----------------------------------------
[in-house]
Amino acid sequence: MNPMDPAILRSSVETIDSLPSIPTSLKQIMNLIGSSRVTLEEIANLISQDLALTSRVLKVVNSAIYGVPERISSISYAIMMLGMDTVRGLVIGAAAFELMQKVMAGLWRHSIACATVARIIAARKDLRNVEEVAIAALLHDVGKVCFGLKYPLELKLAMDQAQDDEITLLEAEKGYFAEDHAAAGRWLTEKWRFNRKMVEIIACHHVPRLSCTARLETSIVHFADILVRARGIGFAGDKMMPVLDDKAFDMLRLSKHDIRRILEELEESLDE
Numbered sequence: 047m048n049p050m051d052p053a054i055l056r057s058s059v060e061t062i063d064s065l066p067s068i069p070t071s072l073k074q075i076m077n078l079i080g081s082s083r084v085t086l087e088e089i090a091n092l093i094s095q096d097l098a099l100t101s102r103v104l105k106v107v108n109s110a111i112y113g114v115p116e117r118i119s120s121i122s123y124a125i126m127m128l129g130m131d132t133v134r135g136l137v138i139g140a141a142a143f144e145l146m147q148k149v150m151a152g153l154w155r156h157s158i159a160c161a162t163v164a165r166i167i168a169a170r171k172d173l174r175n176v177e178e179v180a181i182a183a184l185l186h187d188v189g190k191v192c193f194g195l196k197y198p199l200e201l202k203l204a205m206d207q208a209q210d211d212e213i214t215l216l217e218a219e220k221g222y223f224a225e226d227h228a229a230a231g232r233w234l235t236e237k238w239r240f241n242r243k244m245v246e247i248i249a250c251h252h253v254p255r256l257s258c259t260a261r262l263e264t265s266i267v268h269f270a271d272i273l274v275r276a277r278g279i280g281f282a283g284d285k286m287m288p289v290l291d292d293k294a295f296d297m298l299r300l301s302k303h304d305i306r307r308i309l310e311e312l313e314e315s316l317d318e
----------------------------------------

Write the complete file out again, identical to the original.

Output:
[in-house]
Amino acid sequence: MNPMDPAILRSSVETIDSLPSIPTSLKQIMNLIGSSRVTLEEIANLISQDLALTSRVLKVVNSAIYGVPERISSISYAIMMLGMDTVRGLVIGAAAFELMQKVMAGLWRHSIACATVARIIAARKDLRNVEEVAIAALLHDVGKVCFGLKYPLELKLAMDQAQDDEITLLEAEKGYFAEDHAAAGRWLTEKWRFNRKMVEIIACHHVPRLSCTARLETSIVHFADILVRARGIGFAGDKMMPVLDDKAFDMLRLSKHDIRRILEELEESLDE
Numbered sequence: 047m048n049p050m051d052p053a054i055l056r057s058s059v060e061t062i063d064s065l066p067s068i069p070t071s072l073k074q075i076m077n078l079i080g081s082s083r084v085t086l087e088e089i090a091n092l093i094s095q096d097l098a099l100t101s102r103v104l105k106v107v108n109s110a111i112y113g114v115p116e117r118i119s120s121i122s123y124a125i126m127m128l129g130m131d132t133v134r135g136l137v138i139g140a141a142a143f144e145l146m147q148k149v150m151a152g153l154w155r156h157s158i159a160c161a162t163v164a165r166i167i168a169a170r171k172d173l174r175n176v177e178e179v180a181i182a183a184l185l186h187d188v189g190k191v192c193f194g195l196k197y198p199l200e201l202k203l204a205m206d207q208a209q210d211d212e213i214t215l216l217e218a219e220k221g222y223f224a225e226d227h228a229a230a231g232r233w234l235t236e237k238w239r240f241n242r243k244m245v246e247i248i249a250c251h252h253v254p255r256l257s258c259t260a261r262l263e264t265s266i267v268h269f270a271d272i273l274v275r276a277r278g279i280g281f282a283g284d285k286m287m288p289v290l291d292d293k294a295f296d297m298l299r300l301s302k303h304d305i306r307r308i309l310e311e312l313e314e315s316l317d318e